Norway rats are always looking for a meal and a good place to live. Commercial facilities often have these resources in abundance. Once they get in and find what they need, it’s often a challenge to remove them quickly. Integrated rodent management is the best tactic, using all methods possible to find the root causes, address those, and remove the offending rats. Here are three tips to keep in mind that could make you more effective when it comes to trapping.
Tip #1 Look for the evidence. Inside, look for droppings, sebum (dark oily marks they leave behind), gnawing marks, and spilled food. In commercial facilities, it’s often hard to find the food sources they are feeding on because there is a lot of food. While Norway rats can climb, they often travel at ground level to check foods on lower shelves and stored near the floor. Look for chewed corners or edges of food packages and look for little piles of spilled food on the ground, then look up from those points.
Sebum can be tough to see in areas that aren’t pristinely cleaned. They look like every other dark smudge on the walls or floor. Find areas that have droppings, and you can use a blacklight to identify urine marks. Be aware that there are a number of things that fluoresce under a blacklight. Once you find the droppings and possibly urine, focus on those dark, greasy marks as the pathways the Norway rats are using.
Outside, look for burrows. Of course, Norway rats like to make their burrows in protected areas. Areas that are often overgrown or have a buildup of old “stuff”: pallets, old equipment, old trailers, sheds, etc. To narrow down the search, focus on these overgrown, broken-down, cluttered areas. There may also be sanitation issues outside, like dumpsters, trash bins, and grease traps.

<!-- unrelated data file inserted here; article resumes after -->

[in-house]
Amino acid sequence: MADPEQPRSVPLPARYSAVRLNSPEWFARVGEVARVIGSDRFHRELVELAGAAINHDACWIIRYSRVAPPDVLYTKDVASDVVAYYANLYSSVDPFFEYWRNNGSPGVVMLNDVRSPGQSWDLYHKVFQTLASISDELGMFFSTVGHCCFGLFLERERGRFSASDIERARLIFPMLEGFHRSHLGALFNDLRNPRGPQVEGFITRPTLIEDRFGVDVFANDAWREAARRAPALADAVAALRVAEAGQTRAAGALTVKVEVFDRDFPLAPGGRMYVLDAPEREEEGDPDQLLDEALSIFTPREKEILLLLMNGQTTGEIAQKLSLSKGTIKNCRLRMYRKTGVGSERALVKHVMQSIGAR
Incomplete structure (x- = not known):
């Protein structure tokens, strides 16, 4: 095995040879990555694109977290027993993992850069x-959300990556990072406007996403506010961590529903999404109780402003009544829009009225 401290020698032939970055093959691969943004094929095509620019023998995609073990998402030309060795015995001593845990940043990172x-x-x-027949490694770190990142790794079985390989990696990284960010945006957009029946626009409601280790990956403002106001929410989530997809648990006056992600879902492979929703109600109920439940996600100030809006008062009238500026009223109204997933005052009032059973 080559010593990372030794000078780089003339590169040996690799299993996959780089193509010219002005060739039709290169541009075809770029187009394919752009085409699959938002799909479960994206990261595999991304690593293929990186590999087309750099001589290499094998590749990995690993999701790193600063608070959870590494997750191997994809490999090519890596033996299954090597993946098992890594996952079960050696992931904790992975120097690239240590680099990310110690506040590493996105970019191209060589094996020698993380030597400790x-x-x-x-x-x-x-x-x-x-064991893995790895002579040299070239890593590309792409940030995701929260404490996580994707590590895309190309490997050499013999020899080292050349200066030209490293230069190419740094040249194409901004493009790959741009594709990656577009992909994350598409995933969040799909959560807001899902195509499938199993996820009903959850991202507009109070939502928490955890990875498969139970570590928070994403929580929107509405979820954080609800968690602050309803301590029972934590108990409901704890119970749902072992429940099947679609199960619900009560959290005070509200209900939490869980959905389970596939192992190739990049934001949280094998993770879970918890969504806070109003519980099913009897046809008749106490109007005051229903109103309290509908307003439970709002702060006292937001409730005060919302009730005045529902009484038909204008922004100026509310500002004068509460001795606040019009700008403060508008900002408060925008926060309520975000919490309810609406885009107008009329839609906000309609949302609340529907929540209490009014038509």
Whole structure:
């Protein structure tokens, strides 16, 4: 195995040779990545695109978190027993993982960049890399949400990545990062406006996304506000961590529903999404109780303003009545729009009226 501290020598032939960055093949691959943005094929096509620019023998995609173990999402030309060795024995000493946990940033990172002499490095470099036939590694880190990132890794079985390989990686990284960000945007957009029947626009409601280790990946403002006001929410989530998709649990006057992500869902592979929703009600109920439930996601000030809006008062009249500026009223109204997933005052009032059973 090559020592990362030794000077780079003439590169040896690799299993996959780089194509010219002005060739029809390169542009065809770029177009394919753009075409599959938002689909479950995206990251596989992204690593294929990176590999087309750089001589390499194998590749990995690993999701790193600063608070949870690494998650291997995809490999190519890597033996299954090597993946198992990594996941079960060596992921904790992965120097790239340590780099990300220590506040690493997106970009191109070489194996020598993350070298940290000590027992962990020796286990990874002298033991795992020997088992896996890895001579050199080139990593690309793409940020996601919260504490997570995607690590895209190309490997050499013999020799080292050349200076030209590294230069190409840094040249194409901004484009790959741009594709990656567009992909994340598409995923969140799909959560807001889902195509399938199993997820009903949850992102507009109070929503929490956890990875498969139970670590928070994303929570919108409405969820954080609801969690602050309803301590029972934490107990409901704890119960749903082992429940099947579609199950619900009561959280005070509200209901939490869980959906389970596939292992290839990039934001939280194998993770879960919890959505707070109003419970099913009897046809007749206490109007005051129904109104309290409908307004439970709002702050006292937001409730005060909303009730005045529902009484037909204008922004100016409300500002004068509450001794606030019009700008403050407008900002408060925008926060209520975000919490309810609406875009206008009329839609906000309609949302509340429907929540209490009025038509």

Tip #2 Once you have identified the likely areas they are living in, feeding in, traveling on, and entering from, target those areas. Many people will just throw down traps and think the rats will go to them. Norway rats won’t go out of their way to visit a trap. There’s no incentive for them. Traps should be placed directly in the rats’ pathways. Since you have identified the key areas, put traps right in those areas.
In commercial facilities, you also have to consider the people there and their pathways. There may also be forklift traffic or large bins being moved back and forth. You will be much more successful by factoring this movement into your trap placement because people won’t be interfering with your devices. It will only be there for the rats and for them to trigger the traps.
Tip #3 Use the right trap. Have you ever walked into an account having a rat issue and seen tin-cat style traps? Or glue boards? How about tiny mouse-sized wooded snap traps? Start using the right trap for the right pest. A rat is not going to go to a tin-cat or be caught on a small snap trap. Rats will chew themselves off glue boards, assuming they get caught on them at all. For Norway rats, a heavy-duty, rat-sized trap is necessary.
The EZ Versa station has a number of features that make it very effective at trapping rats.
- It can fit a full-sized rat snap trap. Norway rats are nervous animals, and providing them with a safe, dark space is attractive to them.
- The glue board option makes it suitable for food processing facilities and audited accounts when both rats and mice are present.
- The station also has larger openings for rats, and the bottoms of those openings are cored out. This enables the rat to enter the trap while its feet are still on the ground, not on the plastic of the trap. By the time it contacts the plastic, the body is already half in.
- Instead of just placing it on the ground, you can run zip-ties through the bottom and anchor it to slightly elevated areas like pipes or conduits where the rats are running.
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Don’t let the rats outthink you. Find their evidence, put traps in the right areas, and use the right traps. Keeping these tips in mind will help to capture the rodents quicker. A quicker catch means a happier customer and fewer repeat visits. For more on Norway rats and management tactics, click here!